Whenever I talk about my mental health journey, I tend to break it into two acts, like halves of a theatrical show. There’s Act 1: Obsessive-Compulsive Disorder (OCD). This begins in early childhood, climaxes at finally getting diagnosed at 19, and resolves around my early 20’s after Exposure and Response Prevention (ERP) treatment. Then, there’s Act 2: Borderline Personality Disorder (BPD) which picks up speed just as Act 1 is finishing and slows down about two years later, which brings us to today.
For me, BPD manifested as intense and rapid mood swings, chronic suicidal ideation, relationship difficulties, and extreme sensitivity to invalidation. I define BPD most simply as extreme emotions and extremely poor coping skills for dealing with those emotions. What was weird though was, from my point of view, I didn’t have these symptoms, or at least not to a severe extent, until after I had dealt with my OCD.
Looking back, I can of course recognize signs of BPD from earlier like in my teens and before my OCD was treated. There were times I got intensely angry or felt invisible and invalidated. I’m sure I was already heading in the direction of BPD. Yet, it wasn’t until the OCD quieted down that the BPD then flourished. It was as if before ERP treatment and recovery from OCD, I was too busy with OCD and all the ritualizing to have time or energy for anything else. I was very anxious, but besides that emotionally numb.
Knowing how to feel emotions is a skill that takes in depth practice. It’s something most people learn starting in childhood, and they get increasingly skilled as they grow up with more complex emotions and experiences. When I was in the trenches of OCD though for so many years, I believe it somehow stunted my emotional development. I never felt much of anything besides scared, so I never learned how to deal with feeling anything besides scared. And I wasn’t even that good at feeling scared.
But once I started working on my OCD with exposure therapy, suddenly there was space for emotions. And I had no idea how to deal with them. They were big and juicy and intense emotions pent up from so much time unfelt. And rather than feeling them productively, I pushed them away or acted in other unskillful ways which spun them out of control. Hence the BPD.
Since then, I’ve undergone and graduated from an intense Dialectical Behavioral Therapy (DBT) program. DBT was originally designed for BPD but is now used for a wide variety of people and symptoms. DBT is all about skills, and in particular learning skills for handling emotions in constructive rather than destructive ways. There’s a whole module on emotion regulation and another one just on distress tolerance.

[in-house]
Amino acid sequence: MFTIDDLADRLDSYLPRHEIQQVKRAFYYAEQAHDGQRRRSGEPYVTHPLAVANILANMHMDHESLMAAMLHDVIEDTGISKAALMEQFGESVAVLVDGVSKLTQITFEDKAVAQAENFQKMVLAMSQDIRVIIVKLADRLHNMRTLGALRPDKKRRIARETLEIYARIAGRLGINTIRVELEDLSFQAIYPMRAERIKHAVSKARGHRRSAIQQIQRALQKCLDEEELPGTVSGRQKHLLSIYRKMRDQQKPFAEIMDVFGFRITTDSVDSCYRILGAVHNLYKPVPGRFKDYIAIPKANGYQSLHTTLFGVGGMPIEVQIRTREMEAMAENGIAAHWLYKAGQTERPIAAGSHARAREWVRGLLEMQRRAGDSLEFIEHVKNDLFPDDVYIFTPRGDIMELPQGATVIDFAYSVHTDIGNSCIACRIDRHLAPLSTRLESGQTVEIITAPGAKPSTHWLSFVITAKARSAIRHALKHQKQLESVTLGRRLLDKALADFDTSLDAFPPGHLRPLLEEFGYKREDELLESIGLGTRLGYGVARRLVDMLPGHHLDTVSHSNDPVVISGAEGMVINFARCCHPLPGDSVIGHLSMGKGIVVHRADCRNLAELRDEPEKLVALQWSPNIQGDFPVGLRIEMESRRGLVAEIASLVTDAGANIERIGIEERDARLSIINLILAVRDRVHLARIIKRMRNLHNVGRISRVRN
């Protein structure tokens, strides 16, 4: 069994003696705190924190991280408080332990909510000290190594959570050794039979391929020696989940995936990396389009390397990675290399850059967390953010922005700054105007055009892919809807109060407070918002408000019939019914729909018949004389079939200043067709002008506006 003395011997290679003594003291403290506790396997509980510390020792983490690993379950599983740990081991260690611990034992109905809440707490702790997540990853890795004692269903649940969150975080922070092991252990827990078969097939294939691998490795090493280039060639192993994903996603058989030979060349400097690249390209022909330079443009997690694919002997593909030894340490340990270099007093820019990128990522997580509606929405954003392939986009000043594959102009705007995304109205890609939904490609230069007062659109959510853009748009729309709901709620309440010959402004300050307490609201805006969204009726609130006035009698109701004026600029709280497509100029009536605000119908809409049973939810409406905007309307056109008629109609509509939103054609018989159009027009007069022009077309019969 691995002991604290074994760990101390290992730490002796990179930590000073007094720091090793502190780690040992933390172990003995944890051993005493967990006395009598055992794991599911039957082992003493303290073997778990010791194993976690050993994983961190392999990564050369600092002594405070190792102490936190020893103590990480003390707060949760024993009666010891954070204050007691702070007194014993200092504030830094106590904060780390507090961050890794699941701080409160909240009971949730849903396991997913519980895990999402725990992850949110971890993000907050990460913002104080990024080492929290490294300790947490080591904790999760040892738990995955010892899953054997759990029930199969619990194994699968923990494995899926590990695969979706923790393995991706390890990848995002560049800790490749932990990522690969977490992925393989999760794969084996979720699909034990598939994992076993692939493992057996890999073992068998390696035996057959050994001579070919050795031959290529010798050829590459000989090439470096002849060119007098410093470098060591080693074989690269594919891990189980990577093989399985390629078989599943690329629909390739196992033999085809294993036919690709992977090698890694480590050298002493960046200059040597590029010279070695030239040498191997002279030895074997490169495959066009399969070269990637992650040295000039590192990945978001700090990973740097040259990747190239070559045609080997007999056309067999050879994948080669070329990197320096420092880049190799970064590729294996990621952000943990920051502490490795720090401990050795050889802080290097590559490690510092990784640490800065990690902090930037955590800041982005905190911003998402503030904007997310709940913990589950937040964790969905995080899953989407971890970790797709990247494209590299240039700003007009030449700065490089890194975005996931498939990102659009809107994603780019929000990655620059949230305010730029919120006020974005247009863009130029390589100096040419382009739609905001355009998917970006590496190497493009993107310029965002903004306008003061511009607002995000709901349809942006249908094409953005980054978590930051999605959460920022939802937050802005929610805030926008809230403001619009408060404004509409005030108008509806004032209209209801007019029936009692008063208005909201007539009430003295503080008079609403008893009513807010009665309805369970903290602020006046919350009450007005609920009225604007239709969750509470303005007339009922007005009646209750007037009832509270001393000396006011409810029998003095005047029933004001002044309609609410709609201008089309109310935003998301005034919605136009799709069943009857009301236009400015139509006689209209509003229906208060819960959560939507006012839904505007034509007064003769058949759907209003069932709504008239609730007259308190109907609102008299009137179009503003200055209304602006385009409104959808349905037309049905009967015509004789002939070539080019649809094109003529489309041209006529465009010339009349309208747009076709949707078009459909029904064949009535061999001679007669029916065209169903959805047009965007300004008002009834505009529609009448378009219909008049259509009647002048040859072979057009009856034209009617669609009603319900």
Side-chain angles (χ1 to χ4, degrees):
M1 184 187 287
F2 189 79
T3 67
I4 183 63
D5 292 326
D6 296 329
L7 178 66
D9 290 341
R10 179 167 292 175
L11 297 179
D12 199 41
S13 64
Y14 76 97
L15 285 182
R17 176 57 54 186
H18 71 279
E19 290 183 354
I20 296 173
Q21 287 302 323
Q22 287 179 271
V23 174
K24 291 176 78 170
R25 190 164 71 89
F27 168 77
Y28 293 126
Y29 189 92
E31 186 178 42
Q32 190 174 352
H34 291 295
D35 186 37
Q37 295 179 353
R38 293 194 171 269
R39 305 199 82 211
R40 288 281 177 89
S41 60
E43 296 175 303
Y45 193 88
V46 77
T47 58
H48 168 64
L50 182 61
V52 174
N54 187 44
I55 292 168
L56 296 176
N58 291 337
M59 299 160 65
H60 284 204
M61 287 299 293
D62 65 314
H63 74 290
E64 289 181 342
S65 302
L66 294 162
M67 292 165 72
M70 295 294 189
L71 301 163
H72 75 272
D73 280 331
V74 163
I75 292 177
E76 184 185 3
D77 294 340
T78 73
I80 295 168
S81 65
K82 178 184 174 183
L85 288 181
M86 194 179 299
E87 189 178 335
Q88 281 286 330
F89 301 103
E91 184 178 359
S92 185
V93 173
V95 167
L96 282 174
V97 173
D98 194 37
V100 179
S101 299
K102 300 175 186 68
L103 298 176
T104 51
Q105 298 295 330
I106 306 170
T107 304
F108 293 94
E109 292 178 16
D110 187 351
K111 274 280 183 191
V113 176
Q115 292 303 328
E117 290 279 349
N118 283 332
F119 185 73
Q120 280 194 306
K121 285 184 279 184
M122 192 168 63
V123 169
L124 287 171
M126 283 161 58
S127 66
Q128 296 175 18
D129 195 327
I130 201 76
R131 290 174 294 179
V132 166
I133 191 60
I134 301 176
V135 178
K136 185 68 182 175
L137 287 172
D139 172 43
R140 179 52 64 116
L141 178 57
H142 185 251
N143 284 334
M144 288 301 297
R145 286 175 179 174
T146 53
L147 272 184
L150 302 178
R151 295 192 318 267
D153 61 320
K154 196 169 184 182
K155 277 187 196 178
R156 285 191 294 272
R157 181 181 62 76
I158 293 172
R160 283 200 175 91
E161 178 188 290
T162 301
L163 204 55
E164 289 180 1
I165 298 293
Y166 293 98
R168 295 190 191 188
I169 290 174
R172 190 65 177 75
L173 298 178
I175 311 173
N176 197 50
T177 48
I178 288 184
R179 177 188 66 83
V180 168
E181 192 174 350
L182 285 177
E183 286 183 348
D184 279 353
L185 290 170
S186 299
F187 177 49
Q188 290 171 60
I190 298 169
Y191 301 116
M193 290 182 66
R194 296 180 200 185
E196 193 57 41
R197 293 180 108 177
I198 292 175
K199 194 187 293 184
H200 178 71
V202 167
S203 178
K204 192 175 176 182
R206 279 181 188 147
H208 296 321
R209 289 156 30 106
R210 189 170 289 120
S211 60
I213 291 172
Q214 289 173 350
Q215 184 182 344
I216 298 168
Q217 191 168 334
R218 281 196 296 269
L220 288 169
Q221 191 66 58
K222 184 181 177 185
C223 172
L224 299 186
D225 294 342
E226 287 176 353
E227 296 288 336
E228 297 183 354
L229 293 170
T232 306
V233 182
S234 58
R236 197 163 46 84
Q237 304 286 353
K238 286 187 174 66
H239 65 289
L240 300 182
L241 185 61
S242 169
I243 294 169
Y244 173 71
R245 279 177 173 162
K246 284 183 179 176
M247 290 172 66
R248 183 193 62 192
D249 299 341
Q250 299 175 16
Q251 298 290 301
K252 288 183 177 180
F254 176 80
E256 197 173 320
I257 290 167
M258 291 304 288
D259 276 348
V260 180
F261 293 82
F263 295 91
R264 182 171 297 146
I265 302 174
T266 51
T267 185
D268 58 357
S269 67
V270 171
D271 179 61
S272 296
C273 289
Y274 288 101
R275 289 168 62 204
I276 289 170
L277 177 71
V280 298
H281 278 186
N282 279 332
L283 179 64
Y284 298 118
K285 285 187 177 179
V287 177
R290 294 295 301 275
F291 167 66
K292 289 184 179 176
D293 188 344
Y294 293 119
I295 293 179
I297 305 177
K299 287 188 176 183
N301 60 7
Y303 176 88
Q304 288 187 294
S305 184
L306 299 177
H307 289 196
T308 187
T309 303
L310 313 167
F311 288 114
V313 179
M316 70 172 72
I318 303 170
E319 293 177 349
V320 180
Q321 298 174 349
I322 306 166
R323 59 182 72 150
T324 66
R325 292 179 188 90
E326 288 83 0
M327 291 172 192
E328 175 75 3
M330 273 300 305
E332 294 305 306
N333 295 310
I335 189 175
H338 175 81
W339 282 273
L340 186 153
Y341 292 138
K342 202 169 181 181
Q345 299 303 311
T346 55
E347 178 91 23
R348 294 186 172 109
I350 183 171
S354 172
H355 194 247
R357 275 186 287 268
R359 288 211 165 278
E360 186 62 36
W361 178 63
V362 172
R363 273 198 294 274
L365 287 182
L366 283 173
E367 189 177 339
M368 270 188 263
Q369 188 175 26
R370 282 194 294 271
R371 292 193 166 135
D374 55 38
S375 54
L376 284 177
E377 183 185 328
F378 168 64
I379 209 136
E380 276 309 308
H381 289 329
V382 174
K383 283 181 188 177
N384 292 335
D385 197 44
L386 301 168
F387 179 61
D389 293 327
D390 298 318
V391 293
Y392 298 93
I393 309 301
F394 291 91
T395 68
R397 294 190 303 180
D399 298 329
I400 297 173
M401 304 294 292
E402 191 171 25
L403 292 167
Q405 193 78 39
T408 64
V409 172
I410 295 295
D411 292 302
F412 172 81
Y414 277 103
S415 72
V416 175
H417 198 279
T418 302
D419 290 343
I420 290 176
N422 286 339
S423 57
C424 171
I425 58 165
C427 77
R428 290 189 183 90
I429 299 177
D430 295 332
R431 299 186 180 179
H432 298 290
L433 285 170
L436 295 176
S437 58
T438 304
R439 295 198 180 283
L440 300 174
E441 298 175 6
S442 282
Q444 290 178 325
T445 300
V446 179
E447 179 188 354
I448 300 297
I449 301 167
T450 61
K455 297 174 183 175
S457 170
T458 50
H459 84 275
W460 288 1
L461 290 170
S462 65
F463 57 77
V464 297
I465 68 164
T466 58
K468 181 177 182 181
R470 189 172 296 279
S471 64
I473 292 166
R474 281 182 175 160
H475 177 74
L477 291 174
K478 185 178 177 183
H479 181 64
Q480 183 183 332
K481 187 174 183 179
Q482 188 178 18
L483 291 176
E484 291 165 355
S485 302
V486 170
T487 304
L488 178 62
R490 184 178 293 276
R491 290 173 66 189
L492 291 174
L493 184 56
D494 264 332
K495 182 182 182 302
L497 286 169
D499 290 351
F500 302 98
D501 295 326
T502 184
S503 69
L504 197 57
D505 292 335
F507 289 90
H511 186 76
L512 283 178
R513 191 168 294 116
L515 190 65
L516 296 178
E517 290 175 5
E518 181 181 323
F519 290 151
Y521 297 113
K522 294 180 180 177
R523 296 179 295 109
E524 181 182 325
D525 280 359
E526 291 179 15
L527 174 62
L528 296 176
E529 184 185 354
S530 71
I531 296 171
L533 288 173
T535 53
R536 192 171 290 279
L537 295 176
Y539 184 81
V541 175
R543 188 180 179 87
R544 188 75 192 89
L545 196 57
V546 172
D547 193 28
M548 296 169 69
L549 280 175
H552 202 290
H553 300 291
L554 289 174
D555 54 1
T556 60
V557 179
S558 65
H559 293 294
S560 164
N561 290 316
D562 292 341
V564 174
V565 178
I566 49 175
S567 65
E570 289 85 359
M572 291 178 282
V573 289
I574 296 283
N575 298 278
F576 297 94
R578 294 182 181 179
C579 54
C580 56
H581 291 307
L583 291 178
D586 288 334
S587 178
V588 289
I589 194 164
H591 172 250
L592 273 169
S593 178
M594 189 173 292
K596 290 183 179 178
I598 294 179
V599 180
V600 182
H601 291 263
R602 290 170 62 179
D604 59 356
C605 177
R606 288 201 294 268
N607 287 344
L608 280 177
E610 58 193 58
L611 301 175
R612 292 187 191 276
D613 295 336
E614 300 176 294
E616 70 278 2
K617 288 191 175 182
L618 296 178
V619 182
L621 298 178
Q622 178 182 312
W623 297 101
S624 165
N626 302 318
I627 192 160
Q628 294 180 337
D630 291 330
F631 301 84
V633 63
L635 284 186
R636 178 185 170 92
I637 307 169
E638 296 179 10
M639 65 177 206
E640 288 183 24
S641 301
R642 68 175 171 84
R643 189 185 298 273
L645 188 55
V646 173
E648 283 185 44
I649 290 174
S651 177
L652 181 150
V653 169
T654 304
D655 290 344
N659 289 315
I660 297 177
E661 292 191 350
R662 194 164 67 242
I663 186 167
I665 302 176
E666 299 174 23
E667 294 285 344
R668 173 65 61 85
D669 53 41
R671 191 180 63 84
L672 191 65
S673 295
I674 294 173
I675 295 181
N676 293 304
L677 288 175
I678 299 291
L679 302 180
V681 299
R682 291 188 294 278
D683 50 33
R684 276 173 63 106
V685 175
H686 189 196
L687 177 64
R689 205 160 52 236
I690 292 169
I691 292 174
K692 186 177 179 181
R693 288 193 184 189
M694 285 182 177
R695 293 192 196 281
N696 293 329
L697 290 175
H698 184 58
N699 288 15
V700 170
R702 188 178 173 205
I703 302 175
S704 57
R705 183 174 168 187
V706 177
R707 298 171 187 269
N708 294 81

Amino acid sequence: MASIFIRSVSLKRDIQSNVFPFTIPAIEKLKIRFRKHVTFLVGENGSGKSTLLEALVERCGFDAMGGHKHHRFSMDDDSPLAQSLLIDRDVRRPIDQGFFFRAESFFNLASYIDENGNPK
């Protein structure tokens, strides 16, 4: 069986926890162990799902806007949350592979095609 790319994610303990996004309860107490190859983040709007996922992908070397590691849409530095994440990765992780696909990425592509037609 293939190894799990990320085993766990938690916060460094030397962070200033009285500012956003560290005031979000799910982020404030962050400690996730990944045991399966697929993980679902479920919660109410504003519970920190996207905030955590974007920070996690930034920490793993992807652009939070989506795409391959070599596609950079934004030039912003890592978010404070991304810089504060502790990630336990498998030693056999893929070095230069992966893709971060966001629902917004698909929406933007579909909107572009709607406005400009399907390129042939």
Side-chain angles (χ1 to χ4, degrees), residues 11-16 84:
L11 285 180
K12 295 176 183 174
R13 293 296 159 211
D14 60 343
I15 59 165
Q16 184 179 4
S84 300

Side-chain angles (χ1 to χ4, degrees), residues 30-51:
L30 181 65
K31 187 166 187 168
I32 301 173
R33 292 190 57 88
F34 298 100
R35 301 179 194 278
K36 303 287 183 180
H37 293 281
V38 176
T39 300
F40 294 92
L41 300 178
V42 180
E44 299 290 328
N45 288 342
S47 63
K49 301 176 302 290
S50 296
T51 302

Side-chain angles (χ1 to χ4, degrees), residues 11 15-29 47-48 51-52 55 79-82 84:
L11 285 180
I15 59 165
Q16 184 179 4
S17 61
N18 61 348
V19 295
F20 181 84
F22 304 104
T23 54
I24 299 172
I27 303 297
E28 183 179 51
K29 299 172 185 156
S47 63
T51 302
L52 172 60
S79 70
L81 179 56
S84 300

These DBT skills have made an enormous difference in my life. In fact, they probably saved my life, and I’m extremely grateful to have undergone both ERP and DBT treatment.
I don’t write about these two “acts” of my mental health journey to scare anyone working on treating their OCD that once it’s gone they will suddenly develop a severe personality disorder. I write about it because the other day I was talking to an OCD support group. Much to my surprise, after sharing these descriptions of feeling emotionally stunted by untreated OCD, many people could relate. I thought it was such a small detail of my story; yet, it really resonated with others.
It makes me wonder what some of the other effects are of having untreated OCD for so long. This is another reason why early intervention and treatment are so important. Not only is treatment more likely to be successful, but perhaps waiting longer affects emotional development and other areas of mental health. That’s not to say you can’t reach recovery if you don’t treat your OCD right away. I (and others who went even longer before starting treatment) show that is not true. It’s merely to say the earlier the better.
How do you view OCD and your emotional development. Do you feel that OCD stunted your ability to know how to feel and process emotions? Is this something you had considered before?